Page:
Now that Measure EE, the recent parcel tax in LA Unified, has gone down to an overwhelming defeat, there’s been quite a bit of punditry suggesting that the voters somehow rejected poor kids and their teachers in a callous, back of the hand sort of way and that sinister business forces were responsible for the defeat. In my judgment, local school tax measures are always a referendum on the current leadership of the school system. Nothing about this result suggests that the genuine outpouring of support for teachers and kids during the January strike was illegitimate.
At rallies in downtown Los Angeles, estimated at 70,000-plus by the Los Angeles police, pro-union speakers hailed teachers as “the guardians of democracy,” “the Davids who took on the Goliath billionaires,” and “the true protectors of children’s interests” — all legitimate sentiments and powerful testimony to United Teachers of Los Angeles’ brilliant organizing campaign.
But that really wasn’t what was on the ballot three weeks ago. What was on the ballot was a yea or nay with regard to the board and superintendent who are ineffective when it comes to fixing traditional public schools.
What they have been unable to do thus far is to systematically prioritize the improvement of those schools in impoverished neighborhoods where parents seeking a brighter future for their kids are turning to charters as a reasonable alternative. Those schools need strong and stable leadership, more support for teachers, additional support staff and a message from the top that their success is critical to the entire district. In addition, central office leadership at the regional level that hasn’t delivered on that has to go.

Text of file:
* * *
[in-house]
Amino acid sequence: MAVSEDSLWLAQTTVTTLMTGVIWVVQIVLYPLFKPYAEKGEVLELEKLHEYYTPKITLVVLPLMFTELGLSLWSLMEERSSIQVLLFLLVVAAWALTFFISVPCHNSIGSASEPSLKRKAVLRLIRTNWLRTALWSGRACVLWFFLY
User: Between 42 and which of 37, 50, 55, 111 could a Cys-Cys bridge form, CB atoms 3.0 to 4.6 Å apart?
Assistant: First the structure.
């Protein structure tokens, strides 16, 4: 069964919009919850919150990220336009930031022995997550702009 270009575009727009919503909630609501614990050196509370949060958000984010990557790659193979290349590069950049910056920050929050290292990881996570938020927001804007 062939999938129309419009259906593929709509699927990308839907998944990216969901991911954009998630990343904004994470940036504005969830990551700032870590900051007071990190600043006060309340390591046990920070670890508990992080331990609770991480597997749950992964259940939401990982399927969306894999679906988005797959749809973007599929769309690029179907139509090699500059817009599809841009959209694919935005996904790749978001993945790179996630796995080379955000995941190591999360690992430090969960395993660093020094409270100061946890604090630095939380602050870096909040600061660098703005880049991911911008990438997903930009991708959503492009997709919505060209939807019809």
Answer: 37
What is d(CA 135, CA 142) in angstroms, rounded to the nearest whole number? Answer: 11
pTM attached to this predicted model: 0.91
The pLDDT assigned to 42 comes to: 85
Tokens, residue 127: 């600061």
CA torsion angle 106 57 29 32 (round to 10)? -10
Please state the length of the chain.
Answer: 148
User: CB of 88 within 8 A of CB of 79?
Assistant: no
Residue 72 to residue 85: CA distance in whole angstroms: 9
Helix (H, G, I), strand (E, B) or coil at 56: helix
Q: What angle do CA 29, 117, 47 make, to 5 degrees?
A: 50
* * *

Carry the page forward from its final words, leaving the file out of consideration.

The truth is you can give the Los Angeles school district half a billion dollars in additional revenue, hold them harmless for their enrollment loss, or come up with other more innovative schemes to ignore the obvious, but none of that will make a difference if the board and superintendent are incapable of delivering on the fundamental mission of fixing traditional public schools right now.
Carl Cohn was formerly executive director of the California Collaborative for Educational Excellence, a member of the California State Board of Education and superintendent of the San Diego Unified and Long Beach Unified school districts.
The opinions expressed in this commentary represent those of the author. EdSource welcomes commentaries representing diverse points of view. We are running a series of commentaries on all sides of the charter school controversy, which has emerged as one of the most contentious issues on the education reform landscape in California. To read other commentaries, check out our commentary section. If you would like to submit a commentary, please review our guidelines and contact us.